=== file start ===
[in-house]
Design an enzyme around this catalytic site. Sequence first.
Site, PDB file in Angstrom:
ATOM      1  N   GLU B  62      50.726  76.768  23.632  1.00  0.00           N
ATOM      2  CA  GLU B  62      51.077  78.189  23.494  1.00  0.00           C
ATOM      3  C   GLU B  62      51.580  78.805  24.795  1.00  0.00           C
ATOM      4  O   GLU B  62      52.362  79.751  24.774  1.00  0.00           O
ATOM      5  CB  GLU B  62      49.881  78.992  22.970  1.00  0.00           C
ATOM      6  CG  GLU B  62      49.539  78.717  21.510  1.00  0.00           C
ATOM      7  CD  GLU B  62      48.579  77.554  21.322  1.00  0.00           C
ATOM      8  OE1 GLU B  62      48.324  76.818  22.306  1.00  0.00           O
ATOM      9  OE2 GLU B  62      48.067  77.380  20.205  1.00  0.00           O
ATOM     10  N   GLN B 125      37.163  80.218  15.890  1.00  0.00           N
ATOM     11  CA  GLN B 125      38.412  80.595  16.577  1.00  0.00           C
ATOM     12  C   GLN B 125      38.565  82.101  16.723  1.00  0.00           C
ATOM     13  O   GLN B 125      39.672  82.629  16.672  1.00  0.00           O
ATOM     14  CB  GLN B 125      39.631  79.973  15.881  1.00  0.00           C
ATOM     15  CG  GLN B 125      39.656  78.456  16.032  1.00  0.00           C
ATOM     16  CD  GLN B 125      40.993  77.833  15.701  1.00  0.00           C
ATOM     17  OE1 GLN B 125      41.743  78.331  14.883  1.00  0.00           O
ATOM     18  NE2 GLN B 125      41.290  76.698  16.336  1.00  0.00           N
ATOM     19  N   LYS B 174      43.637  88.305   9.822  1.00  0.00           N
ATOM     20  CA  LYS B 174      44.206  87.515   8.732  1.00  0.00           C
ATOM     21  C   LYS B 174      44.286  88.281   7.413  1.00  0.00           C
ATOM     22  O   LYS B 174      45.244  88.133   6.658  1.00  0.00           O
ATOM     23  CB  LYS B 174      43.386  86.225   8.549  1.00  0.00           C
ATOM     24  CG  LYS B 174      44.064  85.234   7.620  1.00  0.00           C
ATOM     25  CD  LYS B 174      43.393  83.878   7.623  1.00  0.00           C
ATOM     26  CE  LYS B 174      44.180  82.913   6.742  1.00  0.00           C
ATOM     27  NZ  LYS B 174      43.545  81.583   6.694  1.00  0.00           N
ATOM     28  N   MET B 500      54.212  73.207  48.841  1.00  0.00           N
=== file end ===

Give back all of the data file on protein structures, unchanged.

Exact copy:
[in-house]
Design an enzyme around this catalytic site. Sequence first.
Site, PDB file in Angstrom:
ATOM      1  N   GLU B  62      50.726  76.768  23.632  1.00  0.00           N
ATOM      2  CA  GLU B  62      51.077  78.189  23.494  1.00  0.00           C
ATOM      3  C   GLU B  62      51.580  78.805  24.795  1.00  0.00           C
ATOM      4  O   GLU B  62      52.362  79.751  24.774  1.00  0.00           O
ATOM      5  CB  GLU B  62      49.881  78.992  22.970  1.00  0.00           C
ATOM      6  CG  GLU B  62      49.539  78.717  21.510  1.00  0.00           C
ATOM      7  CD  GLU B  62      48.579  77.554  21.322  1.00  0.00           C
ATOM      8  OE1 GLU B  62      48.324  76.818  22.306  1.00  0.00           O
ATOM      9  OE2 GLU B  62      48.067  77.380  20.205  1.00  0.00           O
ATOM     10  N   GLN B 125      37.163  80.218  15.890  1.00  0.00           N
ATOM     11  CA  GLN B 125      38.412  80.595  16.577  1.00  0.00           C
ATOM     12  C   GLN B 125      38.565  82.101  16.723  1.00  0.00           C
ATOM     13  O   GLN B 125      39.672  82.629  16.672  1.00  0.00           O
ATOM     14  CB  GLN B 125      39.631  79.973  15.881  1.00  0.00           C
ATOM     15  CG  GLN B 125      39.656  78.456  16.032  1.00  0.00           C
ATOM     16  CD  GLN B 125      40.993  77.833  15.701  1.00  0.00           C
ATOM     17  OE1 GLN B 125      41.743  78.331  14.883  1.00  0.00           O
ATOM     18  NE2 GLN B 125      41.290  76.698  16.336  1.00  0.00           N
ATOM     19  N   LYS B 174      43.637  88.305   9.822  1.00  0.00           N
ATOM     20  CA  LYS B 174      44.206  87.515   8.732  1.00  0.00           C
ATOM     21  C   LYS B 174      44.286  88.281   7.413  1.00  0.00           C
ATOM     22  O   LYS B 174      45.244  88.133   6.658  1.00  0.00           O
ATOM     23  CB  LYS B 174      43.386  86.225   8.549  1.00  0.00           C
ATOM     24  CG  LYS B 174      44.064  85.234   7.620  1.00  0.00           C
ATOM     25  CD  LYS B 174      43.393  83.878   7.623  1.00  0.00           C
ATOM     26  CE  LYS B 174      44.180  82.913   6.742  1.00  0.00           C
ATOM     27  NZ  LYS B 174      43.545  81.583   6.694  1.00  0.00           N
ATOM     28  N   MET B 500      54.212  73.207  48.841  1.00  0.00           N